Relevant BNF section: 8.2.1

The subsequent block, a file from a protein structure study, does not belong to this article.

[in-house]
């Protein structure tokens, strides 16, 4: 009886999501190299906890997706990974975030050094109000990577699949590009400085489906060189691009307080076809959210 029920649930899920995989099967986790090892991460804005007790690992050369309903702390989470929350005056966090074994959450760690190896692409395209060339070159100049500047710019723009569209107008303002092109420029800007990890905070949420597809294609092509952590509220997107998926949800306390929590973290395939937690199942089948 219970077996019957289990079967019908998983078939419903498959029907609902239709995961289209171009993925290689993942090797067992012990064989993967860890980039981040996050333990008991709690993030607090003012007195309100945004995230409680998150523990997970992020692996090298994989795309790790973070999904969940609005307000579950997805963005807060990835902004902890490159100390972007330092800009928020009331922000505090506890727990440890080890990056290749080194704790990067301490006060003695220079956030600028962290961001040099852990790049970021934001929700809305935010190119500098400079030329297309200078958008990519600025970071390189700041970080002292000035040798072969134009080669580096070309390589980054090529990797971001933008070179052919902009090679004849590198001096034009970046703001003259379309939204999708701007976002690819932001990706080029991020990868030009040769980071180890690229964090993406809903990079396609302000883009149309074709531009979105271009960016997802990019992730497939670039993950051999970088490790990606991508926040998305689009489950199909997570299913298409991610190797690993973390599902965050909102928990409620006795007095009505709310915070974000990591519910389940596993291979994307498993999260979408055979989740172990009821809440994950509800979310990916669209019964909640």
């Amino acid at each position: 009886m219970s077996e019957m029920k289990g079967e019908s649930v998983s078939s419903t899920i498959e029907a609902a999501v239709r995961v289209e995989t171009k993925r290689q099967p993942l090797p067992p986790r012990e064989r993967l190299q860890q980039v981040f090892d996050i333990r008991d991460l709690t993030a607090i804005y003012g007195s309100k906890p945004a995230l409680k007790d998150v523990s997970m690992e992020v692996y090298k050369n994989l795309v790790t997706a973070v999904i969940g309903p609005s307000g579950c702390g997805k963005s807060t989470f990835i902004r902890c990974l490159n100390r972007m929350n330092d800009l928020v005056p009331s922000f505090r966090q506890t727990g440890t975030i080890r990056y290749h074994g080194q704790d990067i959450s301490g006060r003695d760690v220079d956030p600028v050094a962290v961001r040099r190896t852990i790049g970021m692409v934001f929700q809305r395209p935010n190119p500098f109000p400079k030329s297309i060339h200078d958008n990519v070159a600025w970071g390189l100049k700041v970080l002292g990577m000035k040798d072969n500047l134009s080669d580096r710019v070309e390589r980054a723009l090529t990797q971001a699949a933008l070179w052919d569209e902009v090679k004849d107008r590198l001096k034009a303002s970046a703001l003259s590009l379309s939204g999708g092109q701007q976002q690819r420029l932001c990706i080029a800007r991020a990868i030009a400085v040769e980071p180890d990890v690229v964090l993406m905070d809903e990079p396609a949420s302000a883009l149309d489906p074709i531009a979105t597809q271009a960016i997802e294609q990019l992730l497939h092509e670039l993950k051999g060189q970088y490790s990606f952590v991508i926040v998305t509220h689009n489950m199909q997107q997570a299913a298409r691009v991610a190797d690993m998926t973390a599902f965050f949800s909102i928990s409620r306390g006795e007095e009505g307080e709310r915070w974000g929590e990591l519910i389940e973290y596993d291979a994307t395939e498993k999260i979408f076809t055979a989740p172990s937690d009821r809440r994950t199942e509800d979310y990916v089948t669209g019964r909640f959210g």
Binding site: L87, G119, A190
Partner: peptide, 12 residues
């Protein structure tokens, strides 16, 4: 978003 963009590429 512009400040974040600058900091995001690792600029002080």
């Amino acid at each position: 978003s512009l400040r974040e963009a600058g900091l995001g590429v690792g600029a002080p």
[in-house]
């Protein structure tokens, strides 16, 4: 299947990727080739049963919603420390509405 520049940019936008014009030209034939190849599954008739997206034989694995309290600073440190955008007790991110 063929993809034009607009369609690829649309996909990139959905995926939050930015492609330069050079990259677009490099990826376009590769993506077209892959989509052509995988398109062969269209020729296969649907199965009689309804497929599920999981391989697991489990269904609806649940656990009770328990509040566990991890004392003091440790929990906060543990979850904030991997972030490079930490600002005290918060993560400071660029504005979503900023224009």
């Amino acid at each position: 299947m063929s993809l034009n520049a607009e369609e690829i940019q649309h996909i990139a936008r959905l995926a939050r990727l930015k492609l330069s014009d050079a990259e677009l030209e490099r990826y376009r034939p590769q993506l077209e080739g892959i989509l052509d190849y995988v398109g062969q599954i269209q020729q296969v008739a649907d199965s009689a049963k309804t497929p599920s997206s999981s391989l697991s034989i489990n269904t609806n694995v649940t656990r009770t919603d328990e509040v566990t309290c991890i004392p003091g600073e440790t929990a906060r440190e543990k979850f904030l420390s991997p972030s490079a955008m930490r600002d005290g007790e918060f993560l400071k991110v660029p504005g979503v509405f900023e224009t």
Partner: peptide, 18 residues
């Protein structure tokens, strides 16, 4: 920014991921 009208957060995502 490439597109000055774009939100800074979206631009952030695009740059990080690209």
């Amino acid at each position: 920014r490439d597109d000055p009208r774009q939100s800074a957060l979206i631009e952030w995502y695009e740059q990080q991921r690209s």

Azathioprine has been in use for decades as an immunosuppressant treatment for various autoimmune diseases. It is a prodrug of mercaptopurine, a substance that is subsequently metabolised by several alternative pathways, one of which involves the enzyme thiopurine methyltransferase (TPMT). Some people have deficiency of TPMT because of genetic mutations. This has been widely said to occur in around 3 in 1,000 individuals;1 however, studies in recent years have suggested a prevalence of up to 6 in 1,000.2,3 These people are at great risk of developing severe, potentially life-threatening bone marrow toxicity when treated with conventional doses of azathioprine or mercaptopurine. It is possible to test patients for TPMT activity before starting treatment with these drugs. Here we review the evidence about such testing, and discuss whether it should be used for patients being considered for azathioprine therapy.
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